LAS VEGAS, OCT. 25 -- Not so long ago boxing promoters were looking at Andrew Maynard for a future light heavyweight title fight. But a knockout loss to Bobby Cycz four months ago dropped Maynard from contender and a main-event fighter to the first bout on tonight's preliminary card at The Mirage.

Maynard (13-1) started his new comeback, so to speak, by earning a decisive 10-round, unanimous decision over Keith McMurray of Las Vegas. The 1988 Olympic gold medalist from Laurel, Md., said he felt sloppy and out of synch after knocking down McMurray in the first round with an overhand right. "I know I'm coming back from a butt-whipping and I wanted to look good," he said. "I wanted to show people I didn't lose it."

While Maynard was feeling his way back, heavyweight Riddick Bowe remained undefeated by knocking out Bert Cooper of Philadelphia one second before the end of the second round. The bell couldn't save Cooper, who was counted out officially at 3:09 of the second.

Bowe might have his next fight in December in Washington, D.C., where he spends much of his time under the direction of manager Rock Newman. Former Olympian Tyrell Biggs is one of the fighters Newman is considering.

In other bouts involving Washingtonians: Michael Ward, a junior middleweight from Fort Washington, Md., lost a majority decision to Floyd Weaver, brother of former heavyweight champion Mike Weaver. And Kenneth Whack of Palmer Park, Md., went to 7-0 with a majority decision over Joe Varela in another junior middleweight fight.

For Maynard, it was a critical night in his two-year professional career. He won his first 11 fights and was on a fast track, with some promoters touting him for a title shot. But the seventh-round knockout in June at the hands of former light heavyweight champion Cycz changed all that.

Tonight Maynard said he was trying to come back after that loss "let a little air out of my balloon. I was excited just to get back in there. I felt sloppy. I was loading up on so many punches, I was reaching. I threw so many hard punches that missed in the first round, my shoulders were tight.

"I was asking myself, 'What's wrong with my arms?' My timing was off, I wasn't hitting him with any combinations. He made me look rather awkward; I was open for uppercuts and right hands. And although I was throwing some bombs, he was covered up well. My shots weren't catching him solid. They were all glancing blows."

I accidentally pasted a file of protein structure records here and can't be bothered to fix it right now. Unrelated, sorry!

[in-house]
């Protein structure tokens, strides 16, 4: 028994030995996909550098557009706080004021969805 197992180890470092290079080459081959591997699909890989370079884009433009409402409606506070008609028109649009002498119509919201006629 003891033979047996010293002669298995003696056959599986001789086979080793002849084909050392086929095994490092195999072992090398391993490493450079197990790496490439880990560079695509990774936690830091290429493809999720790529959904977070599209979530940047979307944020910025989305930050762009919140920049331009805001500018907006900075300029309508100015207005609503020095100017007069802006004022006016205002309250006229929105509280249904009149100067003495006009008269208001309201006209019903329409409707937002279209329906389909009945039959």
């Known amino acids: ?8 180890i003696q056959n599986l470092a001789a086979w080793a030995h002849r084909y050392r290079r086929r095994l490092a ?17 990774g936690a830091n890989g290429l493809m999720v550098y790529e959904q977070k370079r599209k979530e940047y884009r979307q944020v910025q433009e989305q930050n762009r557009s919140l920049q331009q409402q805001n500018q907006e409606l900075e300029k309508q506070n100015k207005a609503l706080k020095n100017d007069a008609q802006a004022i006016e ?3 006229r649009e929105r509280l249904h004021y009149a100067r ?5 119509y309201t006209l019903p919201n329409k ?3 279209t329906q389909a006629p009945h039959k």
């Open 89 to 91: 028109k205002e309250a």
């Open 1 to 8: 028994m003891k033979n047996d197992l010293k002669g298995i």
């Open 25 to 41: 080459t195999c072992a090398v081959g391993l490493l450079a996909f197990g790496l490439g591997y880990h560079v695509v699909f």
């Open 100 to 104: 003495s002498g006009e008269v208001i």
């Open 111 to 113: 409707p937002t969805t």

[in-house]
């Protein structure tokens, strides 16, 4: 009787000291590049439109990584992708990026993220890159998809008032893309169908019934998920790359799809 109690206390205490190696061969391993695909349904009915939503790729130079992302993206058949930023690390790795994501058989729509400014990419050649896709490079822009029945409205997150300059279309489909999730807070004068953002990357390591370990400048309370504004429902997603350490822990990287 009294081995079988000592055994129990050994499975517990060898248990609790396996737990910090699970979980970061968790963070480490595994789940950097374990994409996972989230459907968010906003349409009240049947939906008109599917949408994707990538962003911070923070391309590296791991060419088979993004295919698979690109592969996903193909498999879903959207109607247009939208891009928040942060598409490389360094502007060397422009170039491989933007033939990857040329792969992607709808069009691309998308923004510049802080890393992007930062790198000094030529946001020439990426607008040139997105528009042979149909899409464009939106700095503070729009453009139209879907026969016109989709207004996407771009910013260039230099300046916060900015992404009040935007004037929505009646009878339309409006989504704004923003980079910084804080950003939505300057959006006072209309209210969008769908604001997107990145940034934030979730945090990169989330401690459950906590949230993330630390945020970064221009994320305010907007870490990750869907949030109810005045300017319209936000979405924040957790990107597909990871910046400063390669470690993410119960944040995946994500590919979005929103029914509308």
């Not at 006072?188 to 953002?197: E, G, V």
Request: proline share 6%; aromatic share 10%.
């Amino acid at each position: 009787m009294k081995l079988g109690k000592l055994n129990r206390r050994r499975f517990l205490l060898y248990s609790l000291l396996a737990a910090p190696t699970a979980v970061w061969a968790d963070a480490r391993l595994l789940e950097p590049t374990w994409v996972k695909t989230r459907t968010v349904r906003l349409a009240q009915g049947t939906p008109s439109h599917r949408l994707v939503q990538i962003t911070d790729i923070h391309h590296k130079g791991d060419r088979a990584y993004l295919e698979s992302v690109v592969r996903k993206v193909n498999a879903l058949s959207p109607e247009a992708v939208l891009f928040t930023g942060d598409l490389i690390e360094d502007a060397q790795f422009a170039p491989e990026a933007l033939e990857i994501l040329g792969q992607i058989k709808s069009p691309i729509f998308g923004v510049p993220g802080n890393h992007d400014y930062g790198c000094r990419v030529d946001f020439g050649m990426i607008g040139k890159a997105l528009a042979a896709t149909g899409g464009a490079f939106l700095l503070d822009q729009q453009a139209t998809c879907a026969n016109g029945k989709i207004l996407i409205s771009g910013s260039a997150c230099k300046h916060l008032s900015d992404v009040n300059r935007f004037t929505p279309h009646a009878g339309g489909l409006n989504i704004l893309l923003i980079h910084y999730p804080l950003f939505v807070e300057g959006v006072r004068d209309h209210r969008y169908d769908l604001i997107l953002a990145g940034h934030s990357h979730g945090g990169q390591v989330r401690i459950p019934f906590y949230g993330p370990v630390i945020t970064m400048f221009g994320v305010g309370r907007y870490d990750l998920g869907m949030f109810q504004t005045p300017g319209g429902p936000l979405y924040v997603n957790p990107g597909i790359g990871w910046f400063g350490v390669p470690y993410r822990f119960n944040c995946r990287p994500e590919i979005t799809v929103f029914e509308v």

All except the overhand right that put McMurray (12-10-1) on the canvas with 22 seconds left in the first round. "I caught him and saw his eyes roll," Maynard said. But he couldn't put away the taller, counterpuncher.

Maynard fought the entire bout uncertain of his game plan.

To fight or to box? That was the question.

Trainer Pepe Ferrar and Ray Leonard have wanted Maynard to box, not brawl.

"I tried to box with Cycz and it didn't work," Maynard said. "Ever since that night I've been thinking, 'Why didn't I fight him a different way?' "

Maynard says he sees the need to box, instead of brawl, "because I may not be able to keep that up for 12 rounds. Today I tried to put on more pressure. I like the old way a lot better, but the question in my mind is, 'Can I keep it up for 12?' When you're trying something different, you're going to get lost. I got caught smack in the middle. I want to learn. They tell me to box, so I do. But I look so awkward because I never boxed before.

"Everybody asks me whether I disagree with the advice I'm getting, but the answer is no. I respect everyone working with me on this. I've only been a pro for two years. I've got to trust them."

Bowe (20-0) has no such anxiety two years into his pro career. "After tonight, I'd place myself among the top 10 in the division," he said after beating Cooper (22-7). "I said coming into the fight that I thought I was in the top 15."

Cooper was in no position to argue. Bowe threw a right, knocking him down about 30 seconds before the end of the second round for a five-count. Another hand put him out for good just before the bell. Bowe had set up the rights with lefts to the ribs.